Tuesday 22 August 2017

Tackling Anglo IOUs is key to easing crisis but the big question is -- how?

Laura Noonan

Laura Noonan

DECEPTION, covert agendas and stakes high enough to threaten Ireland's very survival -- it was all going on in Committee Room 4 yesterday as TDs and senators met to talk about the now infamous promissory notes used to rescue Anglo.

For those who haven't taken their crash course in financial engineering yet, the 'pro-note' is a €30bn glorified IOU that the Government used to bail out Anglo because it didn't have the readies to bail the bank out the old-fashioned way.

And for those who've managed to not yet hear the government spiel on 'pro note restructuring', our leaders want to change the IOU so we no longer have to pay it off €3.1bn a year for the next 15 years or so.

The trouble with the pro-note restructuring is that it's complex and happening behind closed doors, as officials from the EC, ECB and IMF hammer out proposals for how to change the IOU's terms.

The statements coming from various government ministers (Pat 'It'll be done in a couple of weeks' Rabbitte and Michael 'It's a long away away' Noonan) are so confusing the public hasn't a clue where things are at.

Against this backdrop, the finance committee yesterday invited some of the leading lights of Irish economics to shed some clarity on the situation, and so Trinity's Prof Brian Lucey, University of Limerick's Dr Stephen Kinsella and UCD's Prof Karl Whelan rocked up.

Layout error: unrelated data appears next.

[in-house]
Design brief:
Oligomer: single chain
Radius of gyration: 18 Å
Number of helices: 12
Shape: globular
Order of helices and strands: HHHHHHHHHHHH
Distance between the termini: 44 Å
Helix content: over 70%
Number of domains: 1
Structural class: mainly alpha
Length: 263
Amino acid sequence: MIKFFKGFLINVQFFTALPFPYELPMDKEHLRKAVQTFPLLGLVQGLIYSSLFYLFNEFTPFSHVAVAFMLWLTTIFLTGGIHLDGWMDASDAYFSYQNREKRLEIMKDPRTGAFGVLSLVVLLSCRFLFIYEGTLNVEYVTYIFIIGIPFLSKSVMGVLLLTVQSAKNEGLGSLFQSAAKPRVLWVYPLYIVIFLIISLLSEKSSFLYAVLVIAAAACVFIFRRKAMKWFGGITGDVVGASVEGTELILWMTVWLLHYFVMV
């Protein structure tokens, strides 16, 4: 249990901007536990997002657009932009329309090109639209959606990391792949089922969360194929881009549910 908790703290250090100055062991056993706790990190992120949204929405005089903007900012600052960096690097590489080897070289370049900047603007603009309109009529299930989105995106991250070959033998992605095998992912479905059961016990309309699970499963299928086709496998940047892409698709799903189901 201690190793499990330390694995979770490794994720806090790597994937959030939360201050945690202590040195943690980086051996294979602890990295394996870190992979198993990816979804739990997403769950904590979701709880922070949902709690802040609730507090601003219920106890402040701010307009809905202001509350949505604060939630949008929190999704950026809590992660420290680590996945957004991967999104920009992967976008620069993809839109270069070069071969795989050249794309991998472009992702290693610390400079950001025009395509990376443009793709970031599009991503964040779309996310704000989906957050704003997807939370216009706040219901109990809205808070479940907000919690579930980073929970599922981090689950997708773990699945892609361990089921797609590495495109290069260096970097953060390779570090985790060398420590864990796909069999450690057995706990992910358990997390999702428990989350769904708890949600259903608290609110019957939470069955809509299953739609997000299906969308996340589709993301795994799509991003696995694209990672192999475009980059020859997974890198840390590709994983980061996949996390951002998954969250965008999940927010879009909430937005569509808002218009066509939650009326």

The trio did a comprehensive job of explaining how the pro-notes are used by the newly-renamed Irish Bank Resolution Corporation to borrow emergency cash from the Central Bank of Ireland.

Things got more murky when it came to how the IOUs could be restructured. Prof Lucey believes it's imperative the existing IOUs be redrawn before a €3.1bn repayment is made on March 31.

He also believes the entire amount could simply be written off, since this would increase the eurozone's monetary supply by less than half a percent and would hardly cause massive inflation (a view shared by Fine Gael's finance enthusiast Peter Mathews).

Prof Whelan, on the other hand, doesn't think writing off the debt is a runner, but believes Ireland has a good argument for drawing out the repayments over a longer period of time.

Then there's Dr Kinsella, who cautioned against the Government getting the Anglo debt moved to Europe's EFSF bailout fund where it can be paid off over a longer time frame.

"EFSF does not constitute success -- it turns it (the pro-note) into a sovereign debt," he declared, to solemn nods.

Chairman Alex White quickly concluded that the trio had made an "unanswerable case" that tackling the pro-note was "the difference between us being able to progress out of this post-crisis situation and not being able to do so".

But after almost three hours, the path forward looked as murky as ever -- though that was arguably always going to be the case since the committee hadn't the benefit of the IMF, EC, ECB, Department of Finance or anyone actually party to the talks.

That didn't stop the committee from breaking into a round of applause when things finally wrapped up.

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